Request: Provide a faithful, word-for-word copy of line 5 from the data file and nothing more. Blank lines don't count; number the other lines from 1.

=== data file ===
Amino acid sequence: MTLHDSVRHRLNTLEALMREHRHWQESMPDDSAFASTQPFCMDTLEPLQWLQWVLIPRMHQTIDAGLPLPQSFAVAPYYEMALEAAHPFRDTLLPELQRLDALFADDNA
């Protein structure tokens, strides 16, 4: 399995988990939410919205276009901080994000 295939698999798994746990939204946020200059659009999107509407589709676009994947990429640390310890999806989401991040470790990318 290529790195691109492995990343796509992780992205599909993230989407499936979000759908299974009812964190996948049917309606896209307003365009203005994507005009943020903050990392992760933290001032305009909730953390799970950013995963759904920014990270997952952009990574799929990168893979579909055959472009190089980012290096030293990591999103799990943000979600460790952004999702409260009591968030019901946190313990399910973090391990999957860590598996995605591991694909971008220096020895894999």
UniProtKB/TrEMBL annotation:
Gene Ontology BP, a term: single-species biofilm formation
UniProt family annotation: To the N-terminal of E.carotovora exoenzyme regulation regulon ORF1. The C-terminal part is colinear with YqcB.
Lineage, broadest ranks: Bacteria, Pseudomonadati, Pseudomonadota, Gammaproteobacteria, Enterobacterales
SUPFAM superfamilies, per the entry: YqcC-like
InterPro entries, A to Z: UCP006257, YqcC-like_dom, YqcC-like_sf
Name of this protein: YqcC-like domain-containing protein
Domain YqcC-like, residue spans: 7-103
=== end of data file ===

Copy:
UniProt family annotation: To the N-terminal of E.carotovora exoenzyme regulation regulon ORF1. The C-terminal part is colinear with YqcB.